Let me begin this review by making a confession. I have always been proud of my identity as a feminist, bibliophile and bibliomane.(Please excuse me if my tone sounds overweening!) Inspite of that, all these years why did I not come across ‘Karukku’ written by Bama, a Tamil Dalit feminist writer? This book was first published in Tamil in 1992, but got translated to English by Lakshmi Holmstrom in 2000 and won the Crossword award that year. Was it entirely my fault that I did not stumble upon her because I was neck deep ‘immersed’ in medical books? Or was it because that the book was not reviewed or popularised in mainstream media due to Bama’s multiple ‘disagreeable’ identities? I wish to believe that my first hypothesis is true inspite of enough evidence in favour of the second one. It was not until last week, when my bibliolater friend-cum-elder-brother figure told about his ‘discovery’ of Bama, that I became aware of the existence of Bama and her autobiography, Karukku. For him, who is an avid reader, interested in history, literature and politics since childhood, it took years to chance upon this book. He opined that this could be a reflection of the pathetic state of affairs of Dalits and anything concerned with them in our country, whether it is Dalit literature or Dalit art forms.
Bama is the pen name of Faustina Mary Fatima Rani who is a Dalit Christian from Puthupatti in Tamil Nadu. She is a mathematics teacher by profession, a novelist by passion and an activist by nature. Bama attributes education as the absolute reason for all her achievements in life and emphasises that only through education a change can happen. Bama rose to fame as the first ever Dalit woman writer in Tamil with her book ‘Karukku’, which in Tamil means palmyra leaves with serrated edges on both sides. She has to her credit three other novels, ‘Sangati’ ,’Vanam’ and ‘Manushi’ and many short stories.
In Karukku, Bama attempts to provide us a glimpse of her life as a Dalit girl growing up in a village in Tamil Nadu. Though she was a good student, she never hesitated to do household work or help her mother and grandmother earn some extra money by working in a farm. As a child she failed to understand why inspite of hard physical labour, nobody from her village was able to live like the Naickers who were well off and lived comfortably enjoying the fruits of somebody else’s labor. This book is about her journey spanning over many years of hardship, when she finally realised why it was so. I am ashamed of myself for having failed to change the conviction of some of my friends who sternly believe that Dalits are responsible for their own ‘pathetic’ state because they are lazy, spend most of their money on alcohol and do not work hard. To wish that those friends would read Karukku would be immature and ridiculous; but I do hope, at least once in their life time, they find time to listen intently to what people like Bama have to say!
Chimmamanda Ngozie Adichie who is one of my favourite authors, says in The Danger of a Single Story, that there is an inherent danger in reducing human beings to just a single story; by doing so we are dehumanising them. When Muslims are known only by a single story of being religious fanatics and terrorists , when Dalits are described by a single story of being ‘cow eaters’ and nothing more, they are being denied the consideration we all deserve as humankind. In Karukku, Bama introduces us to her people who live like any one of us, trying hard to make a living but yearning to enjoy simple pleasures in life by singing and dancing amidst all hardships. Books like this should be read and taught because they impart a deeper understanding and could make us more empathetic and humane.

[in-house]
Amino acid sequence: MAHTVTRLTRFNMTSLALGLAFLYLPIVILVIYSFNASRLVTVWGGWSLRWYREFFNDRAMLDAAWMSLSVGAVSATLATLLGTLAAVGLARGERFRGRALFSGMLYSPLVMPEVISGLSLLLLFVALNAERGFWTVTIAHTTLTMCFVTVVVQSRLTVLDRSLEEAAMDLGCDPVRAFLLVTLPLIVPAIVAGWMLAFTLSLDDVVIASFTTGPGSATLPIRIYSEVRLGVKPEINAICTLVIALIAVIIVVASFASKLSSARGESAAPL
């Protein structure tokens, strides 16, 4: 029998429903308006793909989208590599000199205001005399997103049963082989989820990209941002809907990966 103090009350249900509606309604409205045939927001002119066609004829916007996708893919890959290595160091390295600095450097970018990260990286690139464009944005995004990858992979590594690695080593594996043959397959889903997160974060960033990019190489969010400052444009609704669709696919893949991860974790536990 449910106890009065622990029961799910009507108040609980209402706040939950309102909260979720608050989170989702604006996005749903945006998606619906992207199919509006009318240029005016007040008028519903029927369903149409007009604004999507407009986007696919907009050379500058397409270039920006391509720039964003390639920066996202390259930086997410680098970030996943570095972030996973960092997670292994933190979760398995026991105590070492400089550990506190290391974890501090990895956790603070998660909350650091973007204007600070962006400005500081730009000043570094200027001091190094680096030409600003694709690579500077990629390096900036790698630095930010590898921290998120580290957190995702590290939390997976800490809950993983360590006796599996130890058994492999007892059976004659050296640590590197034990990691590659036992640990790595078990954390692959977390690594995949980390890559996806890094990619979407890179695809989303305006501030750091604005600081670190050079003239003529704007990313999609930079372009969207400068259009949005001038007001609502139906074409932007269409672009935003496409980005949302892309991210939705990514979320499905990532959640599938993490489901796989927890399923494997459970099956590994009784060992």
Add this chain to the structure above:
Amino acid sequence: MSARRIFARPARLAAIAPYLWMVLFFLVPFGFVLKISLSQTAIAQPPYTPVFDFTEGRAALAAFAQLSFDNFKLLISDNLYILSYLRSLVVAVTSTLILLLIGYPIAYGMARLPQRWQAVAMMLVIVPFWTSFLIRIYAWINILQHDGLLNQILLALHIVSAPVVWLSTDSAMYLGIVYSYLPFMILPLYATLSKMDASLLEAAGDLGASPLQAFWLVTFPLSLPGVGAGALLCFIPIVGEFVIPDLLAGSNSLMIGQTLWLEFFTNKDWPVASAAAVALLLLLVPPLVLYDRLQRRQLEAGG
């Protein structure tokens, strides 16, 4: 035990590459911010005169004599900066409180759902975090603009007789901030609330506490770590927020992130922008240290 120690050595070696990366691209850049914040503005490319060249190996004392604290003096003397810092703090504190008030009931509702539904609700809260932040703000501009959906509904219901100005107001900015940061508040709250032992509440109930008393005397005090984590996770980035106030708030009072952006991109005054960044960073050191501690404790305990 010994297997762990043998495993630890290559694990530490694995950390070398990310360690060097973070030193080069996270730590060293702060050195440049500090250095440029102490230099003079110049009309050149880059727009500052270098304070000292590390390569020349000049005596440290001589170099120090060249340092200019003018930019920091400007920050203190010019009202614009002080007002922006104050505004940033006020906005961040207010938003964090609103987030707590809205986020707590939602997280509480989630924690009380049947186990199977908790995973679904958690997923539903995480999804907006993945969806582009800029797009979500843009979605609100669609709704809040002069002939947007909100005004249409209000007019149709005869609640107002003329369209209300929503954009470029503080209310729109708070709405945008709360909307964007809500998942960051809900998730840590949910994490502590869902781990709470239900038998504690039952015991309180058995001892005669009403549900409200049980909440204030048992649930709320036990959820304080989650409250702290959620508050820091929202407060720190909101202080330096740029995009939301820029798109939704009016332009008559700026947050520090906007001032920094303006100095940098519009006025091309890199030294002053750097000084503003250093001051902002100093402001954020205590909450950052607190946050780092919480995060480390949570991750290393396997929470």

Much can be learnt about a society by observing the games children play because children imitate adults flawlessly. Bama remembers their games as children where they did role play as upper caste men insulting Dalits or as men who went for work and came home to beat their wives up! For making such observations, Bama was ostracised by her own people who took time to realise that she was working for their common good. Though she had to pay a heavy price by losing her job and comfortable life style, Bama emerged as a strong woman by taking a decision to leave the congregation where she lived for 7 years because the injustice within the ‘secure walls’ of the convent became intolerable for her. Karukku is also a truthful account of Bama’s evolution as a human being and her sincerity is something which cannot be missed.
With utmost humility I realise that Dalit is a Marathi word derived from Sanskrit word ‘dala’ which means ‘of the soil or earth’ or ‘rooted in the soil’, extrapolation of which could mean ‘ground down’. Irrespective of whichever caste you were born into, if you have ever been subjected to feel unworthy of yourself by anybody( be it society, government, family or friends), then you are a Dalit. I owe it to Bama and her book for this simple realisation which has dawned in me.